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Christians can truly be so intolerant and judgmental By: Michael Bowles

Christians can truly be so intolerant and judgmental. In fact, some of the most judgmental and intolerant people can be found in church, but it is fair to say that is not the case for all Christians. It would not be fair to go to a restaurant and have a “not so good” and or bad experience and then say all restaurants are bad. Majority of people have been to enough restaurants to know that there are some really exceptional ones out there. Although that may not be the best illustration possible, it is pretty close when it comes to Christians. There are some “not so good” ones and some exceptional ones out there.

Christians being or coming off as judgmental is one of those parts of the Christian journey in which it is unfortunately very easy to make mistakes. 

A definition will help us here: to be judgmental is to point out something that is wrong in someone else’s life, making the person feel put down, excluded, and marginalized.

[1] A Christian, who is judgmental, more than likely, is struggling with self-righteousness. A self-righteous person thinks of oneself higher than they ought, and often deal with comparison issues. This poor misrepresentation of who Jesus really is pushes people away from the church not towards it.

If Christians would spend more time having meaningful conversations with grace and truth, helping other people become aware to God’s standards of living instead of condemning people then the church would be thought of differently from outsiders.

The Bible actually has some shocking, gut wrenching verses to Christians regarding judgment:

You may be saying, “What terrible people you have been talking about!” But you are just as bad, and you have no excuse! When you say they are wicked and should be punished, you are condemning yourself, for you do these very same things. . . . Don’t you realize how kind, tolerant, and patient God is with you? Or don’t you care? Can’t you see how kind he has been in giving you time to turn from your sin?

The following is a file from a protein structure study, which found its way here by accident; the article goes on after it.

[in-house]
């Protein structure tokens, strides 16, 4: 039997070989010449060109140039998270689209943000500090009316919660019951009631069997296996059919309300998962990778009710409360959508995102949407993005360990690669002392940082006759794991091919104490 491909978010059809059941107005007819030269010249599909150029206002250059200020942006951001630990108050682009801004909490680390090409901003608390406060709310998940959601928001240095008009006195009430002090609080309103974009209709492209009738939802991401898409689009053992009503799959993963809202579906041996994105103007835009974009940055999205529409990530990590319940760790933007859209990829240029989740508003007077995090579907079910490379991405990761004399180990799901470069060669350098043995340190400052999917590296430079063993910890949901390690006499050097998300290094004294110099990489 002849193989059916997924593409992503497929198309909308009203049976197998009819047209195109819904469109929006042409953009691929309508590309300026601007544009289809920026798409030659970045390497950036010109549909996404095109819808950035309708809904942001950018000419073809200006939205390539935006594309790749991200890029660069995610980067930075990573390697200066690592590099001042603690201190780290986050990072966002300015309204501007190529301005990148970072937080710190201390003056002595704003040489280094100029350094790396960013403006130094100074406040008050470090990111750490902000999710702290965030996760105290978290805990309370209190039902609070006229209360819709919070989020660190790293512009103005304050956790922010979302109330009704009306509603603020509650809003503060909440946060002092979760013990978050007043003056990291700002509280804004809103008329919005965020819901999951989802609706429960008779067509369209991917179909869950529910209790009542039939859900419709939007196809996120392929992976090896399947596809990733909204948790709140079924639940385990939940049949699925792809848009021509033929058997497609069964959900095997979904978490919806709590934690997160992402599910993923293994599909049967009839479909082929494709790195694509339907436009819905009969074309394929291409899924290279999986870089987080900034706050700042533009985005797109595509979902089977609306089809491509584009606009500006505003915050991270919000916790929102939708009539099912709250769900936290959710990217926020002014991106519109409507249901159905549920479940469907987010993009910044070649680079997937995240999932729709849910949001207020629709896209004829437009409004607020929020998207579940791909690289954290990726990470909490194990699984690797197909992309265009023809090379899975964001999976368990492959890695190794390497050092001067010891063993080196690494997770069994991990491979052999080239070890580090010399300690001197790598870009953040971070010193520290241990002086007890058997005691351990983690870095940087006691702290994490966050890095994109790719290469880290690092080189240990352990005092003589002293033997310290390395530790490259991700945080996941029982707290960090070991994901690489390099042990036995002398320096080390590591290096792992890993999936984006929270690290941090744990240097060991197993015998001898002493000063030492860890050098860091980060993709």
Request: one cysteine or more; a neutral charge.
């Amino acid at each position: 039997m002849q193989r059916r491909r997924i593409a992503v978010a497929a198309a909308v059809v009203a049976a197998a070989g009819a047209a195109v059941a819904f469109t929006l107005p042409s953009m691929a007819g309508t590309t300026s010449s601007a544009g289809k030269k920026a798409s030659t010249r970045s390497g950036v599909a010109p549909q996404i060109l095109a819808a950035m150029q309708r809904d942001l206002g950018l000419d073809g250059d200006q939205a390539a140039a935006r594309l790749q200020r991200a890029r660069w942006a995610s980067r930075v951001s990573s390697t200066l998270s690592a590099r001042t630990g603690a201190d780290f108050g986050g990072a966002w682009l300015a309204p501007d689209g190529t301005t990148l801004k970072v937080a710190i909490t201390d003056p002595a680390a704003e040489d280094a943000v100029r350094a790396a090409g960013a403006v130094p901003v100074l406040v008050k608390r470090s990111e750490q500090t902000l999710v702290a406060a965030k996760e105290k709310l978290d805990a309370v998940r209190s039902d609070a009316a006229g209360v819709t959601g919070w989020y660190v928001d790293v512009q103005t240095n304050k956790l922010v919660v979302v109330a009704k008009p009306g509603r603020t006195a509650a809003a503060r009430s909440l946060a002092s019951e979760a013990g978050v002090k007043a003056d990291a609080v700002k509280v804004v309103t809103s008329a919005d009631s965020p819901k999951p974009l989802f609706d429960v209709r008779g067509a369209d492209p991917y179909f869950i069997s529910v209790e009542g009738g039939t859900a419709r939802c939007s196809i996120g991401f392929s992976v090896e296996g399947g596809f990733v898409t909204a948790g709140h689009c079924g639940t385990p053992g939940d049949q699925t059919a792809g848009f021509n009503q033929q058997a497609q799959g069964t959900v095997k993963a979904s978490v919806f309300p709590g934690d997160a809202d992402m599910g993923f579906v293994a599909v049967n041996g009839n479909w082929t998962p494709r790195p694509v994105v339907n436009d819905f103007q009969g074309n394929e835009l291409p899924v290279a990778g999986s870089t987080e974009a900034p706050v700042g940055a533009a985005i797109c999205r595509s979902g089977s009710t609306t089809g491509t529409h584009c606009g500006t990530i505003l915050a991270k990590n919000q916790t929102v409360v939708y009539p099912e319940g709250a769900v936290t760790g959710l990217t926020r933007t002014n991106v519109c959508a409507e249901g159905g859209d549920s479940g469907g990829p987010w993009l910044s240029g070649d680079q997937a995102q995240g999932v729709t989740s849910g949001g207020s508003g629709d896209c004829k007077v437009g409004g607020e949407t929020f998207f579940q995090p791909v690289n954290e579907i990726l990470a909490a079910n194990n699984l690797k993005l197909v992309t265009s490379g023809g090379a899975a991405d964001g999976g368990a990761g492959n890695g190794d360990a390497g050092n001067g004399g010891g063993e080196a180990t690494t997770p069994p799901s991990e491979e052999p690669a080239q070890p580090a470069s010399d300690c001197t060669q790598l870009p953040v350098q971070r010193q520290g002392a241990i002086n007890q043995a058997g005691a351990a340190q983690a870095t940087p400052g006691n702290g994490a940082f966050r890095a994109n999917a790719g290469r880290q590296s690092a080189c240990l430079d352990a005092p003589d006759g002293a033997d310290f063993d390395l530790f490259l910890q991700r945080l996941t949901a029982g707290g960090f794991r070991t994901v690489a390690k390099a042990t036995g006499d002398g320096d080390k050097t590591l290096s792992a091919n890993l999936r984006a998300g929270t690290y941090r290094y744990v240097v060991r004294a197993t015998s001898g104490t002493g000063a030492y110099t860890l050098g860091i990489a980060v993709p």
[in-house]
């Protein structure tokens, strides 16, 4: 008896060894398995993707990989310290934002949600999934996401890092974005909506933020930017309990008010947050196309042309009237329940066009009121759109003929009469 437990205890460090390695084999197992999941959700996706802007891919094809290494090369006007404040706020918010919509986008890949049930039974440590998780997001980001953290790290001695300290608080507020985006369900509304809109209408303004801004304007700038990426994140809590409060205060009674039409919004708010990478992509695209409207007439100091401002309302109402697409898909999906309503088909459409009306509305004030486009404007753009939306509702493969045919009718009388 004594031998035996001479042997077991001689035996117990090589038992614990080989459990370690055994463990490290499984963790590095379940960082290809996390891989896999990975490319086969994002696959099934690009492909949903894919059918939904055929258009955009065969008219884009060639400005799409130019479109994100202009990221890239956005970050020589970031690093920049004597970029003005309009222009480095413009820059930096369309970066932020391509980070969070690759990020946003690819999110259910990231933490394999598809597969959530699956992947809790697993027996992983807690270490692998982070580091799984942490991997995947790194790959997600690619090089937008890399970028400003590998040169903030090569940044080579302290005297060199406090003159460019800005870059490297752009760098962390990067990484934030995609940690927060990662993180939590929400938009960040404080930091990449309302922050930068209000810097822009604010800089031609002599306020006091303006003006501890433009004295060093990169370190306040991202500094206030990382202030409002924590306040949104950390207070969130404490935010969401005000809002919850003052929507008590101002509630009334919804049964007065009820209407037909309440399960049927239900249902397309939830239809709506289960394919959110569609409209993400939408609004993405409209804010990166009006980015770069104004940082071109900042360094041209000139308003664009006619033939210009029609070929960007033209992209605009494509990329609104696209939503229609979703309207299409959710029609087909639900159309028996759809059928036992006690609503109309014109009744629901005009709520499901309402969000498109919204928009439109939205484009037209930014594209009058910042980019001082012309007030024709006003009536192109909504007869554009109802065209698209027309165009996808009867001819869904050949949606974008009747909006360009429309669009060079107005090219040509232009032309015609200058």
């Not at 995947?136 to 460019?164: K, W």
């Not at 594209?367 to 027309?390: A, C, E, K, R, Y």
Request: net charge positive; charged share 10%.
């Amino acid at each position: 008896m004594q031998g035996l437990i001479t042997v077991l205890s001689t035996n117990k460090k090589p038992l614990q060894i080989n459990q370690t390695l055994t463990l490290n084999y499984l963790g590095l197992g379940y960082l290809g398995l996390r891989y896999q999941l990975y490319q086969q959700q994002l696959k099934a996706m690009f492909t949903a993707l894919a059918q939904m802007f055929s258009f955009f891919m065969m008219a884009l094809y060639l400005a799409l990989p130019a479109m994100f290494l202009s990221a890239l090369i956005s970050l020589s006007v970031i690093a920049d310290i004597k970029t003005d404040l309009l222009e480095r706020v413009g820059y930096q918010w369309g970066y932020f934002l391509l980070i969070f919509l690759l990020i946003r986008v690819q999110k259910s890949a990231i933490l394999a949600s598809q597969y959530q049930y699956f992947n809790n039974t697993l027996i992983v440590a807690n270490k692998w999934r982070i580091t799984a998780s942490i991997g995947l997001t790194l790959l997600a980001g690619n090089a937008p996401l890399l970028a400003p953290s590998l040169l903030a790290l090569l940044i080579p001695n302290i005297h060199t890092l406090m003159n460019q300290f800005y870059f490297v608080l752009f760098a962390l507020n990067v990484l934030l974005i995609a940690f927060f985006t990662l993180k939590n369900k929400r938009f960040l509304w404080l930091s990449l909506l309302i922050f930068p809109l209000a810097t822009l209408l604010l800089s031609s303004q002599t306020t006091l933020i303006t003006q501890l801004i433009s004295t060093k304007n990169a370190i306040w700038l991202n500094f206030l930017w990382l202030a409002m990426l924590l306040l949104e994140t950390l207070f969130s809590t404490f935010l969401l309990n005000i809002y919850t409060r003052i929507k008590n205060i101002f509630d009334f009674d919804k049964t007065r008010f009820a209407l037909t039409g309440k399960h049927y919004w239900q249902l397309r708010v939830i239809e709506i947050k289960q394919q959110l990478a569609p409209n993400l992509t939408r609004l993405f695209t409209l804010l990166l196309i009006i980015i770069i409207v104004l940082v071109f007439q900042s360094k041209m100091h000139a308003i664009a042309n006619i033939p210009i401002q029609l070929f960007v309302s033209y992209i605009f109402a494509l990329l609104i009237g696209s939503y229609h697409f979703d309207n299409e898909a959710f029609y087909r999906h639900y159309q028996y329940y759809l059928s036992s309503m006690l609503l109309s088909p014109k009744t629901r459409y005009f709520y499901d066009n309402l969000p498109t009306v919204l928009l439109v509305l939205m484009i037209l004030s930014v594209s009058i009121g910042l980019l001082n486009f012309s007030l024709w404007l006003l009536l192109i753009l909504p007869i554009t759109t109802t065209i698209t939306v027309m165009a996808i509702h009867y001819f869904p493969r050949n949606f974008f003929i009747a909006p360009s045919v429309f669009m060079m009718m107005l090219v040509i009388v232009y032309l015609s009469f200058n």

Romans 2:1, 4

This verse explains how kind God is to humanity, so much so, that it leads them to repentance. If more Christians embodied this verse then their lifestyle of kindness would lead others, especially outsiders, to repentance.

On the flip side, Christianity requires particular beliefs in order to be a member of its community. Western society is based on shared commitments to reason, rights, and justice, even though there is no universally recognized definition of any of these.

[2]Everyone has different ideas of what their rights, freedoms, and the meaning of life that shape their belief system. Still on the topic of Christians being intolerant and judgmental, Timothy Keller addresses how community can’t be completely inclusive. He challenges us to consider an illustration. Imagine that one of the board members of the local Gay, Lesbian, and Transgender Community Center announces, “I’ve had a religious experience and now I believe homosexuality is a sin.” Now imagine that a board member for the Alliance Against Same-Sex Marriage announces, “I discovered that my son is gay and I think he has the right to marry his partner.” Now no matter how gracious and flexible each of these groups are they would eventually ask each one of these board members to step down because they don’t share the same set of beliefs. The first one of these communities is known for being inclusive and the second for being exclusive, but in practice both of them operate in almost the very same way.

In the illustration above, we can see neither of these groups is being intolerant or judgmental; they are just operating as a community. Any community that did not hold it’s members accountable for specific beliefs and practices would have no corporate identity and would not really be a community at all.

[4] I think as followers of Christ we are responsible to hold each other accountable within the church (Galatians 6:1-2). Where the lines get crossed is where Christians try to hold outsiders accountable to a set of beliefs and traditions that they never signed up nor believe in.

The invitation for each of us is to abandon judgment, to abstain from condemnation, to forego punishment and pursue love. Perhaps if we can do this, we just might find less judgment. More than that, we will find meaningful conversations full of truth and grace, and more reconciliation.

[1] Kinnaman, David, and Lyons, Gabe. 2007. unChristian : What a New Generation Really Thinks about Christianity…and Why It Matters. Grand Rapids: Baker Publishing Group. Accessed September 25, 2017. ProQuest Ebook Central.

[2] MacIntyre, Alasdair. After Virtue: A Study in Moral Theory, 2nd ed. (University of Notre Dame Press, 1988).

[3] Keller, Timothy. The Reason for God: Belief in an Age of Skepticism. New York: Dutton, 2008.

[4] Keller, Timothy. The Reason for God: Belief in an Age of Skepticism. New York: Dutton, 2008.

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